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oneshot1979

Springer recoil wrecking scopes.

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As the title says really.

Decided to dig out a couple old springers from the cupboard for some plinking fun. One of them is a 74-78 BSA mercury that I grew up with and hasn't been used in over 10 years plus so first job was to strip down and inspect it. Gave it a good once over, new breech seal, deburr and polish up inside etc. Also got carried away and did away with the knackered nylon piston and with no new part to hand quickly turned up a phosphor bronze piston and fitted a new "O" ring. Reassembled with original spring and ran 20-30 lube saturated pellets through. Quick clean of the barrel and then remounted original ASI 4x32 scope that's been on it the last 20 years and settled down to zero it. Using Accupels started to get nice tidy groups straight away so started adjusting point of aim to correct zero but after 20 or so pellets the groups started have really random flyers, two inches off target and more. Sat back and scratched my head and noticed the cross hairs looked a little canted off, was sure I had them level, ho hum readjust and try again. 10 shots later cross hairs have canted again. Now I'd marked the scope so I know it's not turning in the rings, must be a fault in the old scope I thought. Pulled scope off and decided sod it. Stripped down the rear of the scope (nothing to lose) and had a look. Turns out the loctite holding the cross hair reticule had let go allowing it to rotate. Mutter mutter. Back to the cupboard, no practical spare scope available.... Brainwave. Quickly whip the EIB 6x40 scope off of the .22WMR and onto the Mercury. Boresighted to save wasting pellets and tried zeroing again. SAME DAMN THING. Good tidy groups, sudden flyers and low and behold cross hair canted. Two scopes wrecked in under 50-60 pellets. Now that EIB scope has been on the .22WMR for the best part of 15yrs and seen some heavy use onfoot and in vehicles she's the go to gun for anything close enough to be heard from the kitchen window and has been bounced dropped and knocked and never moved off zero enough to make me worry but 20-30 shots on a sodding spring gun and the reticule is knackered. Am I missing something ? Can the forces in the recoil of a Springer really be worse than that of a .22WMR. Really not in the mood to wreck another scope just to prove a point, plus all the others available in the cabinet are considerably dearer than the two I've wrecked so far. Thoughts from the collective please ?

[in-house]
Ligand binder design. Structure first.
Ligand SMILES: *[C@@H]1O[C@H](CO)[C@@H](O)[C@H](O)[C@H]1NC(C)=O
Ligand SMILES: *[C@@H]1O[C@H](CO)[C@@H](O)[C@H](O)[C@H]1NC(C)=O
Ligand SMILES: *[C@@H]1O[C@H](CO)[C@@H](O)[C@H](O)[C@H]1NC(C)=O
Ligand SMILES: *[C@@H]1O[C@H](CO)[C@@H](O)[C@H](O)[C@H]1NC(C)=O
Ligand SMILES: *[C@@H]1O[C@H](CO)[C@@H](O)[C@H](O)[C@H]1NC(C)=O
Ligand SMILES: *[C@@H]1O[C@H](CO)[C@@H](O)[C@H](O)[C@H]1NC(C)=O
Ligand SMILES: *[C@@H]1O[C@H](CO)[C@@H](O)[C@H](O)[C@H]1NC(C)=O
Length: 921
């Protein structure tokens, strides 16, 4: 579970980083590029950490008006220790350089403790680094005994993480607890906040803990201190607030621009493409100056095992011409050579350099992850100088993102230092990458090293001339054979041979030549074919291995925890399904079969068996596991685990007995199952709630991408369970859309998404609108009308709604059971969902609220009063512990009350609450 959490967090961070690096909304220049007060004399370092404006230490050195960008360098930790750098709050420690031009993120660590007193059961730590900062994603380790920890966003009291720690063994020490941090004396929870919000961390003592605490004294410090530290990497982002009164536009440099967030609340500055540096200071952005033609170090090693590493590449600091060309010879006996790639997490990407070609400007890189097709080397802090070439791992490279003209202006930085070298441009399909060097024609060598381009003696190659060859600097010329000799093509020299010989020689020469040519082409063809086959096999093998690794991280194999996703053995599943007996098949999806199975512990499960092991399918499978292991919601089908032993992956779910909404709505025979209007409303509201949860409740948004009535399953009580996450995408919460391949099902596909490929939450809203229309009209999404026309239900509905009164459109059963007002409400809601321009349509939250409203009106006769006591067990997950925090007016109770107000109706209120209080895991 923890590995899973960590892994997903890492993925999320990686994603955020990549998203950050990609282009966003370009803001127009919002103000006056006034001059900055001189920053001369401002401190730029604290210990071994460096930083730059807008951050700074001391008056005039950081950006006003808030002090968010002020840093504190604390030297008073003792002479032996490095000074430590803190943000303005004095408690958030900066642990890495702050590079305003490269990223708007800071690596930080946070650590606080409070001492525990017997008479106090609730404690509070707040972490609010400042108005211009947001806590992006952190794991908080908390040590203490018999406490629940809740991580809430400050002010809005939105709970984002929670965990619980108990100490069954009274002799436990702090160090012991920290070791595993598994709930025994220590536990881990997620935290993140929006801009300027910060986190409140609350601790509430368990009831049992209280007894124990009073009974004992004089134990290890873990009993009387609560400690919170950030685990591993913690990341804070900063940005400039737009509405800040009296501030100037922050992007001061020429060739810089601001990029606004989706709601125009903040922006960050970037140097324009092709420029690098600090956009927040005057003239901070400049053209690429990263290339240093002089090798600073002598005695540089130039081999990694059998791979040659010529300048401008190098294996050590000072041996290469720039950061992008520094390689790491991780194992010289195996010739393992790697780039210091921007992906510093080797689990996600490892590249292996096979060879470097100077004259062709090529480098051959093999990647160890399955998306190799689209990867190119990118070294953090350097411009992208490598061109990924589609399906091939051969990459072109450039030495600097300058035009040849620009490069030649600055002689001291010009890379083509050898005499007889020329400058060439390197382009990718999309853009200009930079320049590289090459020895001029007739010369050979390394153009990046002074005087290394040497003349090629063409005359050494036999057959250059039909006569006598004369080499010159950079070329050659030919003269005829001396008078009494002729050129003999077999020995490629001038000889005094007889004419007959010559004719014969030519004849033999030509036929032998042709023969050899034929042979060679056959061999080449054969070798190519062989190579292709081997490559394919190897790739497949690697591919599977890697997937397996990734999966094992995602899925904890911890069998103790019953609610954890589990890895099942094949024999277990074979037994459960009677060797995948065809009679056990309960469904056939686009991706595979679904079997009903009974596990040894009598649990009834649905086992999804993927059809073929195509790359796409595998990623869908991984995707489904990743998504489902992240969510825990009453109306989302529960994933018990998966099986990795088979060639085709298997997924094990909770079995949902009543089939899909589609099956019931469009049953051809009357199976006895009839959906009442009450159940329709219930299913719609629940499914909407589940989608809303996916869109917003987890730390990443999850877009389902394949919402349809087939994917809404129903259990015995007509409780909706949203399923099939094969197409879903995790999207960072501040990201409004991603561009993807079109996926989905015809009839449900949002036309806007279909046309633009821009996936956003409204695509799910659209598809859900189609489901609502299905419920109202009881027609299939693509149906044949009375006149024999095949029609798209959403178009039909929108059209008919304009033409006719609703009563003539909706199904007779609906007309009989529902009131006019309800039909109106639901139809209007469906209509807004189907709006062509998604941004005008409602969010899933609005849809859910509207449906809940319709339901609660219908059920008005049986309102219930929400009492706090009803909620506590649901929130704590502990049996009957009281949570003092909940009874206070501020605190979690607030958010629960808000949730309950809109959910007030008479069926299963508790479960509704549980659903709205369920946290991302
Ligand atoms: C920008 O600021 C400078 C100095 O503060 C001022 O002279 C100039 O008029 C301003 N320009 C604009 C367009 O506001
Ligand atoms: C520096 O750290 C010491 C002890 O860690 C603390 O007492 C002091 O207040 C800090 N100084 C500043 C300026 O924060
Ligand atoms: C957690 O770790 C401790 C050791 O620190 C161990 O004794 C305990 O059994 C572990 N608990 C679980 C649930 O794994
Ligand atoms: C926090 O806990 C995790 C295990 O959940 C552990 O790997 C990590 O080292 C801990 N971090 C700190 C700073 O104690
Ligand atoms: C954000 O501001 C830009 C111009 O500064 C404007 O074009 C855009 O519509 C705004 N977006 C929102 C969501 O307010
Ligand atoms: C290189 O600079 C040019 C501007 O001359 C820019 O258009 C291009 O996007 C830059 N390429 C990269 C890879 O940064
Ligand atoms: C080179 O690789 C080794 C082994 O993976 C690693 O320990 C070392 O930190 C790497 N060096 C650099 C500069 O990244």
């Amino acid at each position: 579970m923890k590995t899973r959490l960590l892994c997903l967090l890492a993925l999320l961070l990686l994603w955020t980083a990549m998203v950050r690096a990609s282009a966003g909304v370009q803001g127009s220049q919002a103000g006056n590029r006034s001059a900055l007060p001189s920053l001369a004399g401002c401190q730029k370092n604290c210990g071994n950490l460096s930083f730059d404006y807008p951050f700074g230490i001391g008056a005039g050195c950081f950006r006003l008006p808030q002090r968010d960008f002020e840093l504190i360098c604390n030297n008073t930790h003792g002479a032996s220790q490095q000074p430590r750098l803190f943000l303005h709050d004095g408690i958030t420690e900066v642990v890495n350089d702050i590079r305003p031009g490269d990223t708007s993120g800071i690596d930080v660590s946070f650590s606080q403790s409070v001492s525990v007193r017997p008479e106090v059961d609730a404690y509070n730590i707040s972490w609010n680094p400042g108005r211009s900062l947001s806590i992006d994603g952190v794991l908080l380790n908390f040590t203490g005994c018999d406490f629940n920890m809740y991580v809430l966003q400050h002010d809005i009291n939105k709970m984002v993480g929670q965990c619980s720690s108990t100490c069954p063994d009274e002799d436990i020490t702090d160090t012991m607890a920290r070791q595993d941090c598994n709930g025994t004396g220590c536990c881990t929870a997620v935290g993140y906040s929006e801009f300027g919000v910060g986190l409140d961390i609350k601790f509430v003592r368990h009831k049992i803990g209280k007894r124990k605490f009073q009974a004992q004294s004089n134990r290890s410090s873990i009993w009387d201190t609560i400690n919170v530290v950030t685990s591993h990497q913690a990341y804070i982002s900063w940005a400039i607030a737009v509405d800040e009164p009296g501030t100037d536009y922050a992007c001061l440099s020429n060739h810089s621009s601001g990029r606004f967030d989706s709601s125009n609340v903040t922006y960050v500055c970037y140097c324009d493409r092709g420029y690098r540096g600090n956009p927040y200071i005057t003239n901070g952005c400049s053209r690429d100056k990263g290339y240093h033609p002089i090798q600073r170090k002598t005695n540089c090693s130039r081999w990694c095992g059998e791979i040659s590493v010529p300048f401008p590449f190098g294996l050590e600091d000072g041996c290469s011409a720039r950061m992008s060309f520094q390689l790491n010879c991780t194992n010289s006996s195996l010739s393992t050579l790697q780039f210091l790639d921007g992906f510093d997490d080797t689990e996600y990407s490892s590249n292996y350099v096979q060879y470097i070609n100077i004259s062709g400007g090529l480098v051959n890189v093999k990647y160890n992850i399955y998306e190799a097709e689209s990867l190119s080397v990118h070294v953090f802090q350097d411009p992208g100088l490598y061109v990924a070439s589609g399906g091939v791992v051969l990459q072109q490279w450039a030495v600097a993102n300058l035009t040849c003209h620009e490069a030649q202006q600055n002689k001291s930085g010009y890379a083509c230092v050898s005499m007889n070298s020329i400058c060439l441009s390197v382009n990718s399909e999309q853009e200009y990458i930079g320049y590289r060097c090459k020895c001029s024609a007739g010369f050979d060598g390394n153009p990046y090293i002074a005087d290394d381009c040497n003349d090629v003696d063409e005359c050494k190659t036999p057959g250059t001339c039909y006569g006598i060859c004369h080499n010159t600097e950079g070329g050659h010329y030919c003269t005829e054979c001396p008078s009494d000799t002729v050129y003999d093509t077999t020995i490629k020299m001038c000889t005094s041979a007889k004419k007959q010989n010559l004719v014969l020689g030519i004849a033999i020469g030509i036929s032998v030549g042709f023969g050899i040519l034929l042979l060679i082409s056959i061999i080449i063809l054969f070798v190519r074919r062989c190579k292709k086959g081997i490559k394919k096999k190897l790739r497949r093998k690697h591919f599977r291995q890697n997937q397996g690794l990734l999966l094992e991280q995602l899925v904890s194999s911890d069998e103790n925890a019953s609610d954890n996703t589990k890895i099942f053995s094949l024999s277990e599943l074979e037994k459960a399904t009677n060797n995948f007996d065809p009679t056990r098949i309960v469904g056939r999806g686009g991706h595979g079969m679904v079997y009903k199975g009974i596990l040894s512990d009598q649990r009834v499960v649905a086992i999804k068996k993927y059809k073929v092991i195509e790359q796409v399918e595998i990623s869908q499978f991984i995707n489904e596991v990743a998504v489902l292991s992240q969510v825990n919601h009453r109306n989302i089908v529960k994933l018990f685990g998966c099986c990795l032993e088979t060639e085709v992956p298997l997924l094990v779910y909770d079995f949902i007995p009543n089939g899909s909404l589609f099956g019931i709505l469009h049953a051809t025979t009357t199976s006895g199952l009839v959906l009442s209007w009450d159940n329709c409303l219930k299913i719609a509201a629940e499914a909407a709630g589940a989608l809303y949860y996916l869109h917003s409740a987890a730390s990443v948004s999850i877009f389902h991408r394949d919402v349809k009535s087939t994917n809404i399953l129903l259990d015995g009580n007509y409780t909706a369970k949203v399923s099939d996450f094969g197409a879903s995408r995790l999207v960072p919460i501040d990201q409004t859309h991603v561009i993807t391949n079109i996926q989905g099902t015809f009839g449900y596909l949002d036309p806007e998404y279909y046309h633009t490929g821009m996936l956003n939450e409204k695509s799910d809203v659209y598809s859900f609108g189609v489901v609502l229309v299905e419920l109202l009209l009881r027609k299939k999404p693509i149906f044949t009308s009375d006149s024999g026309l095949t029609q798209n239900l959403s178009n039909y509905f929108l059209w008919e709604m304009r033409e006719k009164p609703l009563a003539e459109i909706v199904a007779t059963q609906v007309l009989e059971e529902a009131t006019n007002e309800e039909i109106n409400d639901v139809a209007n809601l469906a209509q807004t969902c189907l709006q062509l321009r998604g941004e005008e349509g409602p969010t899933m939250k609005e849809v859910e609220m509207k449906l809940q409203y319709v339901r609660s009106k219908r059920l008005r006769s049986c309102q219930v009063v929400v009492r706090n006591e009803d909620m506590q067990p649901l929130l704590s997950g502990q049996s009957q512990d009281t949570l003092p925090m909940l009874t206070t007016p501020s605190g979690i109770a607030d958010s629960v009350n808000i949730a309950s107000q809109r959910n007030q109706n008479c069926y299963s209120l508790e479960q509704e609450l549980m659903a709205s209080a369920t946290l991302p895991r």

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Yes the recoil effect of even a pretty mild springer is 5x  worse than a . 308 .

The reason .is that its backwards AND forwards   .like a whip

.cf.guns ,  shot guns etc its just backwards .the springer recoil  changes direction very fast and violently .hence the damage . First it goes backwards (recoil ) then it goes forwards  this motion is called surge .

 

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I had this years ago with my Webley tracker, I had a Nikko Stirling on it, I would constantly loose zero, the cross hairs didn't cant like you've had but I'd have to re zero.

It went back under warranty,  they phoned up saying there was no problem on a .243, i explained it was on a Springer, re test and got a new scope, which I swapped for a Tasco.

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Yep had it on an old airsporter, did 3 scopes in as many weeks. As you said one had been on a 22 - 250 if I remember rightly. 

 

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So what are my options then? Would the piston weight really make that much difference?. Is there any other way if damping it?. Is there a particular scope that's better suited to the abuse? Could I convert to a gas ram. I know it's only an old BSA but it has sentimental value and if I can get it reliable would be a great thing to pass down to my girls.